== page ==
Jackson said she recommends incoming Black students join BSU because the club helps connect students to resources on campus. Either this be to spaces like the Martin Luther King Jr. Center or the Cooper-Woodson Center in Amador Hall room 460.

“I think learning to navigate a predominantly white institution and knowing your community is super important,” Jackson said. ” Having people that look like you and having those resources is essential.”

I think learning to navigate a predominantly white institution and knowing your community is super important. Having people that look like you and having those resources is essential.”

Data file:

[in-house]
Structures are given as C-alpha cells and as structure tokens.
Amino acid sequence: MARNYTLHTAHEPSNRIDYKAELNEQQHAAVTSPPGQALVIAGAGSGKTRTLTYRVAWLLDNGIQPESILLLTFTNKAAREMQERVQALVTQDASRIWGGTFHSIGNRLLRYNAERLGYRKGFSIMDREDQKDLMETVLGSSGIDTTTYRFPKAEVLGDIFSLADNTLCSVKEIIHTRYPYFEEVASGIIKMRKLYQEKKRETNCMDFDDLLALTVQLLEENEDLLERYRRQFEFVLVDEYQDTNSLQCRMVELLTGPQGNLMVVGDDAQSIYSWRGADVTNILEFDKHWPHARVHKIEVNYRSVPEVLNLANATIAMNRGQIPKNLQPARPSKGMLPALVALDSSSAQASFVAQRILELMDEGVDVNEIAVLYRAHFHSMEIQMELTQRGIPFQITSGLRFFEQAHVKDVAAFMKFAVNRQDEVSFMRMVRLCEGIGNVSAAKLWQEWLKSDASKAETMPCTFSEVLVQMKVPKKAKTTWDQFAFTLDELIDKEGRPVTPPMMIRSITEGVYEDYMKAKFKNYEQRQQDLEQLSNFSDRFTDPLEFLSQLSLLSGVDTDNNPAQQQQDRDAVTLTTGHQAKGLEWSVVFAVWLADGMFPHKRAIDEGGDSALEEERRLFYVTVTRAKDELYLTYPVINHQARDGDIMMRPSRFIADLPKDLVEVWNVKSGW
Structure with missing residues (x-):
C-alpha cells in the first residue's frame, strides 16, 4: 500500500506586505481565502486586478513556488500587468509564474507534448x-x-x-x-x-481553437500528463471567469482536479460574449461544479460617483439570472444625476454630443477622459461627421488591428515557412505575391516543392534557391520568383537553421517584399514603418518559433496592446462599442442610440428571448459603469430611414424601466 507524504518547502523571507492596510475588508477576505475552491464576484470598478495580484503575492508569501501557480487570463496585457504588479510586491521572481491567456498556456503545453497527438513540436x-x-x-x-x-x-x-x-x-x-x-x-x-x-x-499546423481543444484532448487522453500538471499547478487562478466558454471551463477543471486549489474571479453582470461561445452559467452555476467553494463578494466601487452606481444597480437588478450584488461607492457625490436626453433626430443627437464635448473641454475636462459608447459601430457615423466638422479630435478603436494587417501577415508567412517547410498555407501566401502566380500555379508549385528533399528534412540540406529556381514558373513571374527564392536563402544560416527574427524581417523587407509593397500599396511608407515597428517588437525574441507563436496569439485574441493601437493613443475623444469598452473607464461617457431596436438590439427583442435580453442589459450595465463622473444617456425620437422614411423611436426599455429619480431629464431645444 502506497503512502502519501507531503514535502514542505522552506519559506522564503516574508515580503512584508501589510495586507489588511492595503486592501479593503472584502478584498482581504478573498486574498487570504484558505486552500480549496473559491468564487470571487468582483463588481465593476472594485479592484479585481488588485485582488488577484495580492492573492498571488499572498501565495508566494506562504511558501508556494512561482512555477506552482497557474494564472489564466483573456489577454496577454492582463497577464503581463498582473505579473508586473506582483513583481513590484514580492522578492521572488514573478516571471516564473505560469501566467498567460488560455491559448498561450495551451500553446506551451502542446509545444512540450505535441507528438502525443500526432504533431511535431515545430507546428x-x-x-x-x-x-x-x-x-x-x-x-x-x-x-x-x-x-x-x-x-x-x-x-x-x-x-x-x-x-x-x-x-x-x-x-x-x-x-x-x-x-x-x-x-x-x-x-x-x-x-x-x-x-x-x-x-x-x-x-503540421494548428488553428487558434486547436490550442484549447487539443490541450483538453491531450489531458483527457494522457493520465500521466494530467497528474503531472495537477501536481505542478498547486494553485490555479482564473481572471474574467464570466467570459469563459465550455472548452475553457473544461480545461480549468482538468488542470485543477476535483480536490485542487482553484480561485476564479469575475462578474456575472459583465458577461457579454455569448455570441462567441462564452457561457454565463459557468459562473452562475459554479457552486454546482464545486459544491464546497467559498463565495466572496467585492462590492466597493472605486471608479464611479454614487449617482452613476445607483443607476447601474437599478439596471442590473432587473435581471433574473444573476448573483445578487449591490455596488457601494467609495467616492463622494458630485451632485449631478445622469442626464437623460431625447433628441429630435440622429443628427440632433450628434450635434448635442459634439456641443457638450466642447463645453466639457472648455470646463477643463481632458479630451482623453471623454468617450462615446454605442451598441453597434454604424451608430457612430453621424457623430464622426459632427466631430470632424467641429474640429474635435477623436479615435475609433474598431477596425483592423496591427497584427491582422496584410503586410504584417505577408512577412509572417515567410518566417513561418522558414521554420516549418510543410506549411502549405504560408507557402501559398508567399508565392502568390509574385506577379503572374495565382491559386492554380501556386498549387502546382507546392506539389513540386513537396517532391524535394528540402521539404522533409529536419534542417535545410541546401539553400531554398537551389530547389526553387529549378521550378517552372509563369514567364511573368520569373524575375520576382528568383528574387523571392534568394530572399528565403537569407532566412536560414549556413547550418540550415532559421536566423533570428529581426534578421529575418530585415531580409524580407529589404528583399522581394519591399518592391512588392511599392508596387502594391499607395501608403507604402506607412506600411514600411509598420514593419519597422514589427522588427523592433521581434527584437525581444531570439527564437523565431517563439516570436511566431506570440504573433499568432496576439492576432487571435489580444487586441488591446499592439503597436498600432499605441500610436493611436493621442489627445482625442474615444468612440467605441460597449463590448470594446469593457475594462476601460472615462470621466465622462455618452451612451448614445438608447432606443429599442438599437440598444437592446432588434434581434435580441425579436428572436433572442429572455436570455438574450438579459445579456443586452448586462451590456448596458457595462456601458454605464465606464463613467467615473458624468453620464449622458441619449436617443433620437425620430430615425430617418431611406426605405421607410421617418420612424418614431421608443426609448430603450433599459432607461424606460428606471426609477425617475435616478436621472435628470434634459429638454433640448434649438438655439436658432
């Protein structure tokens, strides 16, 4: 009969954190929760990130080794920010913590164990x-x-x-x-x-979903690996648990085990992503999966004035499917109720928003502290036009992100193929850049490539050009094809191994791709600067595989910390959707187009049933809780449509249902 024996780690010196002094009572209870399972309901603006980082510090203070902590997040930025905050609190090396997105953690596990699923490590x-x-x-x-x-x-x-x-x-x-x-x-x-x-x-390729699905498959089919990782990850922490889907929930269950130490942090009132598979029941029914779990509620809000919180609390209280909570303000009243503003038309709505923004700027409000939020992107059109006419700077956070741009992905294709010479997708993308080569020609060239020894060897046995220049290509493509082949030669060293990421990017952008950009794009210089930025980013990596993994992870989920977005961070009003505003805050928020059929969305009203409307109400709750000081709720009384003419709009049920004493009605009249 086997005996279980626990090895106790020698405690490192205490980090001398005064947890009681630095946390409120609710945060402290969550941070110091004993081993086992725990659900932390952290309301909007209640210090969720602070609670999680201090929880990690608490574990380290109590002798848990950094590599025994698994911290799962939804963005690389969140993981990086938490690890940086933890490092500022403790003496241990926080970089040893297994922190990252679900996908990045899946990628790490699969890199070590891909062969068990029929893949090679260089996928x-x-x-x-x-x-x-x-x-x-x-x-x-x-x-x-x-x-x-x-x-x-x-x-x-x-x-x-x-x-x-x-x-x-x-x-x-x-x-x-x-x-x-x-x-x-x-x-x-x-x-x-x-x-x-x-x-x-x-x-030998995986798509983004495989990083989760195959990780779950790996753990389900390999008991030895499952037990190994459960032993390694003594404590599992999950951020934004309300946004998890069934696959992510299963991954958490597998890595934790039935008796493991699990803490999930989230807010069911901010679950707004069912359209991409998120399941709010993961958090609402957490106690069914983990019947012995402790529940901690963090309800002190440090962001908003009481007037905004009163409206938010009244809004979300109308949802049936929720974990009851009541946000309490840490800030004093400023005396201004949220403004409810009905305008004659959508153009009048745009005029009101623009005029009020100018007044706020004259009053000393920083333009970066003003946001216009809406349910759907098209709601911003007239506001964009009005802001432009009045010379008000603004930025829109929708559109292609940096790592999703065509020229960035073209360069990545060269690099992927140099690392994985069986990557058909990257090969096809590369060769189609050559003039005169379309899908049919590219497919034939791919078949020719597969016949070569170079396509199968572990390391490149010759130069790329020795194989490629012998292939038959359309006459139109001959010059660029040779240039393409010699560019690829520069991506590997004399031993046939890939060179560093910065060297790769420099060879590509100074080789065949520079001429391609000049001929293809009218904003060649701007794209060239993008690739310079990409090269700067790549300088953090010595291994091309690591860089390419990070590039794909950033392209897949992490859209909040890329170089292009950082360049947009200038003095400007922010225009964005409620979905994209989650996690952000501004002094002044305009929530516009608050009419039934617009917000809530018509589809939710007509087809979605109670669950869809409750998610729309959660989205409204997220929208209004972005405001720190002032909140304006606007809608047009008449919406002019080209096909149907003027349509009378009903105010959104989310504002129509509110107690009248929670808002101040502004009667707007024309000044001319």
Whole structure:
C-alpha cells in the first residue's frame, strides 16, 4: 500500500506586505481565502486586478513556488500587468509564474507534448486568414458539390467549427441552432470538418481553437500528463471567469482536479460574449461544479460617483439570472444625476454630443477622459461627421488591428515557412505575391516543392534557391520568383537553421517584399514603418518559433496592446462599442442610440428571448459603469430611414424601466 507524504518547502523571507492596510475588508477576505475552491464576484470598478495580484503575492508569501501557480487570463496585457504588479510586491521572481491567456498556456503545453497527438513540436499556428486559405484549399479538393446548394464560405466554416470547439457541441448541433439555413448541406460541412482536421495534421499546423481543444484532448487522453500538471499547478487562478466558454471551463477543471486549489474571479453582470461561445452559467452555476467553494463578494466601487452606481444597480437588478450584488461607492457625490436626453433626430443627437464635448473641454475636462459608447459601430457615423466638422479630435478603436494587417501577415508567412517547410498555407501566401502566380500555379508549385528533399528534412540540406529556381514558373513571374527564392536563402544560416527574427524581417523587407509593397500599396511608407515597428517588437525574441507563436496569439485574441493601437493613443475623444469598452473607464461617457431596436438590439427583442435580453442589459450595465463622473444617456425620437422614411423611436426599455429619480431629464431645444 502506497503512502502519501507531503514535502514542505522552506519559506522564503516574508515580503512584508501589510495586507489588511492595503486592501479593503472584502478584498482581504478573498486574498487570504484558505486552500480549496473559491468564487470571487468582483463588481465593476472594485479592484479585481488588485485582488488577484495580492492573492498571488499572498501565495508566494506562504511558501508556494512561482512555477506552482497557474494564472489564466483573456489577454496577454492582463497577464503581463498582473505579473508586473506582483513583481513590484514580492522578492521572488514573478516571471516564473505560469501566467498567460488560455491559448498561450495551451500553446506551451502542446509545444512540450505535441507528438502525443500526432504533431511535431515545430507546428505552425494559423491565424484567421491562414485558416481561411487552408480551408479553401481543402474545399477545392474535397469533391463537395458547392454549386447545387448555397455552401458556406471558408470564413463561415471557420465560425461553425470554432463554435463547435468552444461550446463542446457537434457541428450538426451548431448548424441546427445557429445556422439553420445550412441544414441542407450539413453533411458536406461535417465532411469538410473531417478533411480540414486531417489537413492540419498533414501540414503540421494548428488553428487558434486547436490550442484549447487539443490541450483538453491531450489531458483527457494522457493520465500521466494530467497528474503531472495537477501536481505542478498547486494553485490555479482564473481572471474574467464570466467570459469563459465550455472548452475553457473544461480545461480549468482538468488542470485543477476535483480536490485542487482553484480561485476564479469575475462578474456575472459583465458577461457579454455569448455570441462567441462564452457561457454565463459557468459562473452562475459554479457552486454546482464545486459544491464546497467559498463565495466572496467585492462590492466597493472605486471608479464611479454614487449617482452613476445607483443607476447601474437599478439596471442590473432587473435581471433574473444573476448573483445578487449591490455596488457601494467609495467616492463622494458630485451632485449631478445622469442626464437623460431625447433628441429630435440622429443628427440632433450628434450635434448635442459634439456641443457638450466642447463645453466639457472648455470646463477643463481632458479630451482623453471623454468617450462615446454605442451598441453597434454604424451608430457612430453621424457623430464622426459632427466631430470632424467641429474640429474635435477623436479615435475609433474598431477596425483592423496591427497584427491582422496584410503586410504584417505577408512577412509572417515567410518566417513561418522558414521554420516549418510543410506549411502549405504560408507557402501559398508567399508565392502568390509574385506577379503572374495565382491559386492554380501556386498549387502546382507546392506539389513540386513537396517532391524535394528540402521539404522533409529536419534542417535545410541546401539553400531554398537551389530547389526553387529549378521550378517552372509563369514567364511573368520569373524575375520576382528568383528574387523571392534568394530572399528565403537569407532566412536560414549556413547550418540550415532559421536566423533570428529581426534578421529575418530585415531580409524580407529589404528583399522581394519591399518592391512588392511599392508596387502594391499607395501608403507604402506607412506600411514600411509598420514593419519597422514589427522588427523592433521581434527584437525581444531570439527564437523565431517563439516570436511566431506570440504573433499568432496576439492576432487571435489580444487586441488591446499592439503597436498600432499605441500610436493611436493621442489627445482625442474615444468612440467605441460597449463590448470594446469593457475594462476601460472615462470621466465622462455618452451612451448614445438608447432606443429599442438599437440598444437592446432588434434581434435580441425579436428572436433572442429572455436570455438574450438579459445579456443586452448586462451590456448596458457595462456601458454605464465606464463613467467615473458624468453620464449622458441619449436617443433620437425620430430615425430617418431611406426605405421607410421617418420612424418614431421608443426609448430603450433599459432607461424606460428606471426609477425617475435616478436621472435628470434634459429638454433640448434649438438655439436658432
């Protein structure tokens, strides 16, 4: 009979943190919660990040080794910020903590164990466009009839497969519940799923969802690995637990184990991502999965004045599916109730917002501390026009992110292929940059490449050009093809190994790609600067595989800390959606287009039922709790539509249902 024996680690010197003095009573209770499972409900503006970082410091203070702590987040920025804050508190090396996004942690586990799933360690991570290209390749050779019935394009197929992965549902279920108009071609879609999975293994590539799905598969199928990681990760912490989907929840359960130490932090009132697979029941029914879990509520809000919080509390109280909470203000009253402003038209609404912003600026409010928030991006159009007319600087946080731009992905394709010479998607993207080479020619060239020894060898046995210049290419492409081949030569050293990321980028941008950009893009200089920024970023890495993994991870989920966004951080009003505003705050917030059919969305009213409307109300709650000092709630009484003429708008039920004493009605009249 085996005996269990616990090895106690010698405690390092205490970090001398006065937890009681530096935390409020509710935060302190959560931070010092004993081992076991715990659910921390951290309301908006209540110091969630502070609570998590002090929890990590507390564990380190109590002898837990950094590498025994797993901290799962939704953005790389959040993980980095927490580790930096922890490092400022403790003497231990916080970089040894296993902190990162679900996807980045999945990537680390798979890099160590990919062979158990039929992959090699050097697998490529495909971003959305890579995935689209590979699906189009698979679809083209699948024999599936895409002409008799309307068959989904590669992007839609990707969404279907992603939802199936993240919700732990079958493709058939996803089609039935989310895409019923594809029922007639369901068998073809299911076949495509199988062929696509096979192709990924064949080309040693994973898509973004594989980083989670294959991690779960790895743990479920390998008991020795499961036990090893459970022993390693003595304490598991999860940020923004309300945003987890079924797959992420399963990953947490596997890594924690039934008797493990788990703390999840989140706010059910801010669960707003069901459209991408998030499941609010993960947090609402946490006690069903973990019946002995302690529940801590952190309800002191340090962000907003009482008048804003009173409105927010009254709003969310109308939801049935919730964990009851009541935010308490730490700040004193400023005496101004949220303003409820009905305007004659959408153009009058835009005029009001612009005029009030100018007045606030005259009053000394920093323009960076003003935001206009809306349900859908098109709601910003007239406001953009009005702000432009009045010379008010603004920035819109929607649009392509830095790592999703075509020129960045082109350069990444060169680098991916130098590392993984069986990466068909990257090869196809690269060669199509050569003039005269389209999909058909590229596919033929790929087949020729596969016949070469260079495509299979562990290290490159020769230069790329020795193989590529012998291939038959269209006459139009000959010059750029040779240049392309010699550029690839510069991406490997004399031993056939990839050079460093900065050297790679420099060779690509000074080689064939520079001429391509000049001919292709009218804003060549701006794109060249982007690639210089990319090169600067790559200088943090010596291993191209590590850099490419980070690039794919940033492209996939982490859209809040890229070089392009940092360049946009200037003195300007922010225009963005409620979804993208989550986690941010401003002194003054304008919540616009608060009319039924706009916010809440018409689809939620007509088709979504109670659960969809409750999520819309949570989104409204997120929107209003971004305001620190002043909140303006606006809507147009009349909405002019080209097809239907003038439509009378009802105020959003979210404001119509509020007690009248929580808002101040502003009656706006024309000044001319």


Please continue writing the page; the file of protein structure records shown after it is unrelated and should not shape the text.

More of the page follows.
— Kimberly Jackson

 

According to Kameya Turner, BSU is what she likes to call “the hub” because that’s where Black students can find all different kinds of services. Through BSU other organizations have collaborations with one another on helping students be supported.

“The majority of people don’t know about other organizations so they come to BSU first,” Kameya Turner said. “We are always highlighting other Black organizations that may be more closely linked to what they are looking for.” 

BSU also offers a space to talk about mental health. According to Kameya Turner, these conversations are not talked about enough in Black communities, especially as college students in predominantly white spaces.

“We are given enough space to find these students so they can be supported on Sac State campus,” Kameya Turner said. “What BSU majority provides is a connection for all Black students to hang out, talk to us, and to keep their brains fed.”